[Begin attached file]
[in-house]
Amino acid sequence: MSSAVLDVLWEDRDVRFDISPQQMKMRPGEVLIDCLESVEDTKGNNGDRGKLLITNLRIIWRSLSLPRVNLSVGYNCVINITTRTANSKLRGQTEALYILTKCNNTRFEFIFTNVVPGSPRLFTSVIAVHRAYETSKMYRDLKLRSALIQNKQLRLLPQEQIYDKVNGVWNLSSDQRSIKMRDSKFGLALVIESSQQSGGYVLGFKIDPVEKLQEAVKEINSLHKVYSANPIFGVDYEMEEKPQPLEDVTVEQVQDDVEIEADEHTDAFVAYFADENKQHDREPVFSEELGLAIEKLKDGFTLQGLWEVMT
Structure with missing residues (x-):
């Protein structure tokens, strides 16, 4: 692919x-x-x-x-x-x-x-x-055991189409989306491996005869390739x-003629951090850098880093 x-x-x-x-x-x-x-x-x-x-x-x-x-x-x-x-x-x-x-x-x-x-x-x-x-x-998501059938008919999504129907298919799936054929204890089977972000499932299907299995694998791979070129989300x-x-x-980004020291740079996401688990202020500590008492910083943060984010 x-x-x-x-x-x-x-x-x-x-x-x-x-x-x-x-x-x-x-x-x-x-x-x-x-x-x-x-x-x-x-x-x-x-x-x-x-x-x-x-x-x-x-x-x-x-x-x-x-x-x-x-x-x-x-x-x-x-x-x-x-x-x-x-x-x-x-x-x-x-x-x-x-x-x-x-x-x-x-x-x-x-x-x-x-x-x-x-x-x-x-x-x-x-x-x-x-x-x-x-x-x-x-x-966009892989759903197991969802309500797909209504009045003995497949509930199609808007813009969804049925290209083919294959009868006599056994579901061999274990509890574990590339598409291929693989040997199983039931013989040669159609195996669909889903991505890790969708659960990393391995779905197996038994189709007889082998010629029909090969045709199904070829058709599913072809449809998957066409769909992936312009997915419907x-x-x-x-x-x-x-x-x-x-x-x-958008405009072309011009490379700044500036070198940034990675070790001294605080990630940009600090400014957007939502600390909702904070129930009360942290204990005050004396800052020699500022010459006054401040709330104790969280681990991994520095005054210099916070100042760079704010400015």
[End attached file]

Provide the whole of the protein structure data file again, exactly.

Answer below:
[in-house]
Amino acid sequence: MSSAVLDVLWEDRDVRFDISPQQMKMRPGEVLIDCLESVEDTKGNNGDRGKLLITNLRIIWRSLSLPRVNLSVGYNCVINITTRTANSKLRGQTEALYILTKCNNTRFEFIFTNVVPGSPRLFTSVIAVHRAYETSKMYRDLKLRSALIQNKQLRLLPQEQIYDKVNGVWNLSSDQRSIKMRDSKFGLALVIESSQQSGGYVLGFKIDPVEKLQEAVKEINSLHKVYSANPIFGVDYEMEEKPQPLEDVTVEQVQDDVEIEADEHTDAFVAYFADENKQHDREPVFSEELGLAIEKLKDGFTLQGLWEVMT
Structure with missing residues (x-):
């Protein structure tokens, strides 16, 4: 692919x-x-x-x-x-x-x-x-055991189409989306491996005869390739x-003629951090850098880093 x-x-x-x-x-x-x-x-x-x-x-x-x-x-x-x-x-x-x-x-x-x-x-x-x-x-998501059938008919999504129907298919799936054929204890089977972000499932299907299995694998791979070129989300x-x-x-980004020291740079996401688990202020500590008492910083943060984010 x-x-x-x-x-x-x-x-x-x-x-x-x-x-x-x-x-x-x-x-x-x-x-x-x-x-x-x-x-x-x-x-x-x-x-x-x-x-x-x-x-x-x-x-x-x-x-x-x-x-x-x-x-x-x-x-x-x-x-x-x-x-x-x-x-x-x-x-x-x-x-x-x-x-x-x-x-x-x-x-x-x-x-x-x-x-x-x-x-x-x-x-x-x-x-x-x-x-x-x-x-x-x-x-966009892989759903197991969802309500797909209504009045003995497949509930199609808007813009969804049925290209083919294959009868006599056994579901061999274990509890574990590339598409291929693989040997199983039931013989040669159609195996669909889903991505890790969708659960990393391995779905197996038994189709007889082998010629029909090969045709199904070829058709599913072809449809998957066409769909992936312009997915419907x-x-x-x-x-x-x-x-x-x-x-x-958008405009072309011009490379700044500036070198940034990675070790001294605080990630940009600090400014957007939502600390909702904070129930009360942290204990005050004396800052020699500022010459006054401040709330104790969280681990991994520095005054210099916070100042760079704010400015």